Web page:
Bengs Lab

Reinvent the complementarity Human - Technology

1 Augmented Worker, an alternative to automation

1.4 Augmented Worker vs. Robots


One approach to increase the productivity of a process is obviously full or partial process automation. The manufacturing industry makes extensive use of this method to effectively reduce production costs. From textile looms to automated assembly lines to intelligent cobots, industrials have for centuries found ways to reproduce human work on a large scale.
Fortunately, the use of machines is not limited to automation. More often, new technologies work alongside humans to enable them to work more efficiently, safely and more accurately. This process of improving human workers is an Augmentation. Experience shows that often the best solutions are those that amplify the capabilities of workers rather than replace them.

In May 2017, Elon Musk had promised to create the most robotized automotive plant in the world (Frémont plant in California) allowing mass production of his Model 3. To meet this challenge, Tesla has invested more than $200 million in the site by installing automated production systems. According to the Wall Street Journal, 1,028 robots have been installed at Frémont to move parts and components. To this number must be added the robots at the Gigafactory in Nevada where the batteries are assembled.

Despite the pace of 5,000 Model 3s produced per week, Tesla’s founder acknowledged on Twitter that “Tesla’s excessive automation was a mistake, [his] mistake”. Indeed, he admitted that robotization was “expensive and inversely correlated with quality”. Even detailing the problems he found: “The robots don’t detect loose threads, misfitting bolts, misaligned fasteners or faulty joints. Humans are really good at this”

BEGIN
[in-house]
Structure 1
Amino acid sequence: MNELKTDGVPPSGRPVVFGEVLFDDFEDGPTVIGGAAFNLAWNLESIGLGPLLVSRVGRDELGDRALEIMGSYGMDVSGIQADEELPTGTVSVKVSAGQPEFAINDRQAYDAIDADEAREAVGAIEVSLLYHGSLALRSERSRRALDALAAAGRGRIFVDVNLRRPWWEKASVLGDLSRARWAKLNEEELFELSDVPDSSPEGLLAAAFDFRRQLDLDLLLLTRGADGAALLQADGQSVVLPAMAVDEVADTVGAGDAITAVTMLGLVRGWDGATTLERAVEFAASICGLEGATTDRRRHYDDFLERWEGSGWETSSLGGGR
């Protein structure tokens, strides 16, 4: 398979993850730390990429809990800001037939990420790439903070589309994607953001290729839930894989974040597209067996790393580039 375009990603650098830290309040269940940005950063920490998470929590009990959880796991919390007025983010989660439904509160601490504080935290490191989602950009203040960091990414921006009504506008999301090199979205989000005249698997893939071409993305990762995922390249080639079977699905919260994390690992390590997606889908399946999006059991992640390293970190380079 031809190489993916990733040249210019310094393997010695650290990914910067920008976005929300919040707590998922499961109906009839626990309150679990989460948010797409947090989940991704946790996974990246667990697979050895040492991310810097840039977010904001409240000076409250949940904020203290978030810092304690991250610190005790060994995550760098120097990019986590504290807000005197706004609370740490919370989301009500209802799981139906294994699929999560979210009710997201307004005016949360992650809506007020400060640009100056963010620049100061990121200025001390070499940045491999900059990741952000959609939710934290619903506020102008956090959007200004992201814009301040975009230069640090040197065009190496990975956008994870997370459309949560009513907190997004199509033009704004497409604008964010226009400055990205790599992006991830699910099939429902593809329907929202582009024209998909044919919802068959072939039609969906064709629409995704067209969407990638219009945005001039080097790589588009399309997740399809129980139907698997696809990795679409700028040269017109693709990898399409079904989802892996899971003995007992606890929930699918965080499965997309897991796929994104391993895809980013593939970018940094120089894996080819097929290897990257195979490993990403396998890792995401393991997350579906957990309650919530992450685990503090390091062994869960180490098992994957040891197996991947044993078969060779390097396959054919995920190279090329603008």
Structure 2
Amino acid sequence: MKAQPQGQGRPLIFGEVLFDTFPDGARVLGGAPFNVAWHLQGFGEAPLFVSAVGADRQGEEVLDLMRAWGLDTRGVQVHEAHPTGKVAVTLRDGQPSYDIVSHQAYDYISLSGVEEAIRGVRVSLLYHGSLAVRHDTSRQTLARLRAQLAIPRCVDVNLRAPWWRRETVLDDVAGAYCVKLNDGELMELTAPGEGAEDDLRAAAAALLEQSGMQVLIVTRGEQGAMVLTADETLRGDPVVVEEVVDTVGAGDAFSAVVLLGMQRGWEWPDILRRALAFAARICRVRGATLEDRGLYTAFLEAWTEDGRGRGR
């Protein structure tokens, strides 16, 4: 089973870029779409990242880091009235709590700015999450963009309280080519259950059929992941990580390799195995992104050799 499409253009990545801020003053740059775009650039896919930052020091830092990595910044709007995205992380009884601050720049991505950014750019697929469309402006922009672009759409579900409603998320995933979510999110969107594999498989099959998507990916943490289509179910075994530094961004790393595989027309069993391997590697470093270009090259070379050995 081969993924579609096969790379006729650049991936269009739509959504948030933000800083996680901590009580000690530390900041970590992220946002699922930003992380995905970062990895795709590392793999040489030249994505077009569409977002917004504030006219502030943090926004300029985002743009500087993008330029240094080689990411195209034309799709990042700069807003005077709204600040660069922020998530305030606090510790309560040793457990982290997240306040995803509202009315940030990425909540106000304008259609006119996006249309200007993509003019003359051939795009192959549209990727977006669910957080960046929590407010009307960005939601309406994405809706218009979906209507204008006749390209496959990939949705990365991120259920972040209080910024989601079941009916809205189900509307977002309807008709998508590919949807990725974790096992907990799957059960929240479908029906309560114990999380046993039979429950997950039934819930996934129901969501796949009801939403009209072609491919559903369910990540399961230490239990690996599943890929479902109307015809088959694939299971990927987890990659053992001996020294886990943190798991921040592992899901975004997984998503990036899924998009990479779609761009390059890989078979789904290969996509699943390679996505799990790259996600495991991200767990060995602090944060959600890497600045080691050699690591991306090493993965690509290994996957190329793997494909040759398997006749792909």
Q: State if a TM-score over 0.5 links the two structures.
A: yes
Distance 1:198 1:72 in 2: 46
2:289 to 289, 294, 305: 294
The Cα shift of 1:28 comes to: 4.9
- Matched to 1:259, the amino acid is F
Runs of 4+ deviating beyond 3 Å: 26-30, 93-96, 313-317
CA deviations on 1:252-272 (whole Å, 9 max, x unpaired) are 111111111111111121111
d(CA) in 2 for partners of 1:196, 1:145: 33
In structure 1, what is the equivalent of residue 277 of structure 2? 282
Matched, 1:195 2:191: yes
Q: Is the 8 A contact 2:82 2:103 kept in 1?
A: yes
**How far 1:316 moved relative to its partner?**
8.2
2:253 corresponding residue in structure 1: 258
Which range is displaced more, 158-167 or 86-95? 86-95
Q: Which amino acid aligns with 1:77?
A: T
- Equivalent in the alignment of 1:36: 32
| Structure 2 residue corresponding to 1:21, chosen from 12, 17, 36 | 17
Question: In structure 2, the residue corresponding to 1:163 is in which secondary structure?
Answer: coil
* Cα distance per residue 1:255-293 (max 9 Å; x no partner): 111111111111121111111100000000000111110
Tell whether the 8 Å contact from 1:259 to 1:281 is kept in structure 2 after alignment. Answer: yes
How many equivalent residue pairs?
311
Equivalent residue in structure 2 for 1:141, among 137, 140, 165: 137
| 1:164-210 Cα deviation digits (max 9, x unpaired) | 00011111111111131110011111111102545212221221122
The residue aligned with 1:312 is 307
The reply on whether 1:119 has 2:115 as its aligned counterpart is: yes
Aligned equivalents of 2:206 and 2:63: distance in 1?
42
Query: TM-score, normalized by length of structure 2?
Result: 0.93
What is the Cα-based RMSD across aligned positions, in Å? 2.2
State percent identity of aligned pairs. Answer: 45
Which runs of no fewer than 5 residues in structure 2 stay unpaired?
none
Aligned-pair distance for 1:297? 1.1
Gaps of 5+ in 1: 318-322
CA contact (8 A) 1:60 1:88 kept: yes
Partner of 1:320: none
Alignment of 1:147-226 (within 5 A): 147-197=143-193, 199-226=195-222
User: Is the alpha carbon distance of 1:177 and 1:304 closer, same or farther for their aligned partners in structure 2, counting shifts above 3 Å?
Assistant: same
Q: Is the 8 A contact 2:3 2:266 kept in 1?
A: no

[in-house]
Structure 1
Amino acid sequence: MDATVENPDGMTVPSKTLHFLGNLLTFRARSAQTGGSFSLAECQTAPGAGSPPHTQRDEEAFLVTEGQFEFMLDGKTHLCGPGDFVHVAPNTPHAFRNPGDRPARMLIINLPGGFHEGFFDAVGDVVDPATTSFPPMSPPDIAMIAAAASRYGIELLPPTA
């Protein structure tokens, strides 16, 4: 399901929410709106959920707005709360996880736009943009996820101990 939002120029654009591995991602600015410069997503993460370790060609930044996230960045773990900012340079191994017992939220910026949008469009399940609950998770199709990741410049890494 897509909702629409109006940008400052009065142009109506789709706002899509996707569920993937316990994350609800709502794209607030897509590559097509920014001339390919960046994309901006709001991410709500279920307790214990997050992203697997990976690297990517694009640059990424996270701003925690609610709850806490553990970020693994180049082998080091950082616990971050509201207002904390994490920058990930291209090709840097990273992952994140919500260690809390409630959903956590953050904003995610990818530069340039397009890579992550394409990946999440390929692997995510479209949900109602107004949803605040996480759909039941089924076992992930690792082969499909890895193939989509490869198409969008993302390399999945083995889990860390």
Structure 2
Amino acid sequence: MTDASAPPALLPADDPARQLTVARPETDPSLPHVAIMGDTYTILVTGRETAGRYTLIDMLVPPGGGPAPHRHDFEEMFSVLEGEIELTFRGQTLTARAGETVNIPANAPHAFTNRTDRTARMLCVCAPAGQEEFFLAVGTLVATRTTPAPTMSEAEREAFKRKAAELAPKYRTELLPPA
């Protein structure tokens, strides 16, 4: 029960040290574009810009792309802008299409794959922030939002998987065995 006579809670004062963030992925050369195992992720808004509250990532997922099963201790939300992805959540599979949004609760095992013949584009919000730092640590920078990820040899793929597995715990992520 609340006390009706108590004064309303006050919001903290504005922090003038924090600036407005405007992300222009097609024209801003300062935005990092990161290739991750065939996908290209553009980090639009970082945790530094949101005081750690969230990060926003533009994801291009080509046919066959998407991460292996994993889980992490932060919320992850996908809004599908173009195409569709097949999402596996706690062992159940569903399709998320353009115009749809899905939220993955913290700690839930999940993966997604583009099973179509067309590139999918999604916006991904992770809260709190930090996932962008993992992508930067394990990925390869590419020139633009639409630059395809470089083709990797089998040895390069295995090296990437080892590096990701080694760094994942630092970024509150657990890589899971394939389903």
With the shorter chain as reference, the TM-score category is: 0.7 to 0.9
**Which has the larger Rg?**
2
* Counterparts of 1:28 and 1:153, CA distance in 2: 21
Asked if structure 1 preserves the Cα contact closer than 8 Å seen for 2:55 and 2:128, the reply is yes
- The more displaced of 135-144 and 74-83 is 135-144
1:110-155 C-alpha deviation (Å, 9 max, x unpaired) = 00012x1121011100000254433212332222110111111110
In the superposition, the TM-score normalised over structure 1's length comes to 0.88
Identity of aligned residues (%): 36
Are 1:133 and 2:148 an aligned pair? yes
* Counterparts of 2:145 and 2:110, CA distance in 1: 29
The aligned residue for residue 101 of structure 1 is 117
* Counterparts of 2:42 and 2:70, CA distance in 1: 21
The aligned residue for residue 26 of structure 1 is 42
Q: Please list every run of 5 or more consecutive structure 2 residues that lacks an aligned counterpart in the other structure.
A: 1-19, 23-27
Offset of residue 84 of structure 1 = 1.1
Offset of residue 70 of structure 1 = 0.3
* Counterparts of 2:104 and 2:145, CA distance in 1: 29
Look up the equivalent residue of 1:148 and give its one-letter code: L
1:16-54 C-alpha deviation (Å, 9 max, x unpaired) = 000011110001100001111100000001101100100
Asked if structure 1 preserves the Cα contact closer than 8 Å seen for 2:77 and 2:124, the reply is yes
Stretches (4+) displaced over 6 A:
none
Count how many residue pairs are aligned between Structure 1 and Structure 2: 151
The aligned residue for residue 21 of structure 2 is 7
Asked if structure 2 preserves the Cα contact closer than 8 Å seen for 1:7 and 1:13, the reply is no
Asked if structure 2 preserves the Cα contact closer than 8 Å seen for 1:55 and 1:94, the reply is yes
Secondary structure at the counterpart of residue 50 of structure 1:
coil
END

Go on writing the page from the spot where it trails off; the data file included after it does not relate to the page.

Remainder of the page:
The development of Artificial Intelligence makes the automation of many previously protected professions more and more credible. Digitalization brings gains in all economic sectors and the transformation of almost all professions is underway. It is the unprecedented proliferation of technology that makes this digitalization possible, bringing new solutions to problems of productivity or reliability hitherto beyond the reach of robotics and automation.


In this context, every day, newspapers publish articles predicting the disappearance of many professions and imagining a world in which robots put humans on technological unemployment.

However, when we analyze the reference studies on the subject of automation and AI, we see that they all estimate between 10 and 20% of the number of jobs threatened with disappearance by complete automation. This is obviously a significant proportion of jobs, but this does not bode well for the disappearance of human work. An overwhelming majority of jobs will require combining the efficiency of human intelligence with the power of AI and robots. Other jobs will emerge. The advent of information technology, which, it was already said at the time, was supposed to destroy all jobs, has created hundreds of millions of jobs and generated today’s largest capitalizations. Employees are going to become Augmented Workers so that the companies employing them remain competitive, implying a new division of labour between men and machines.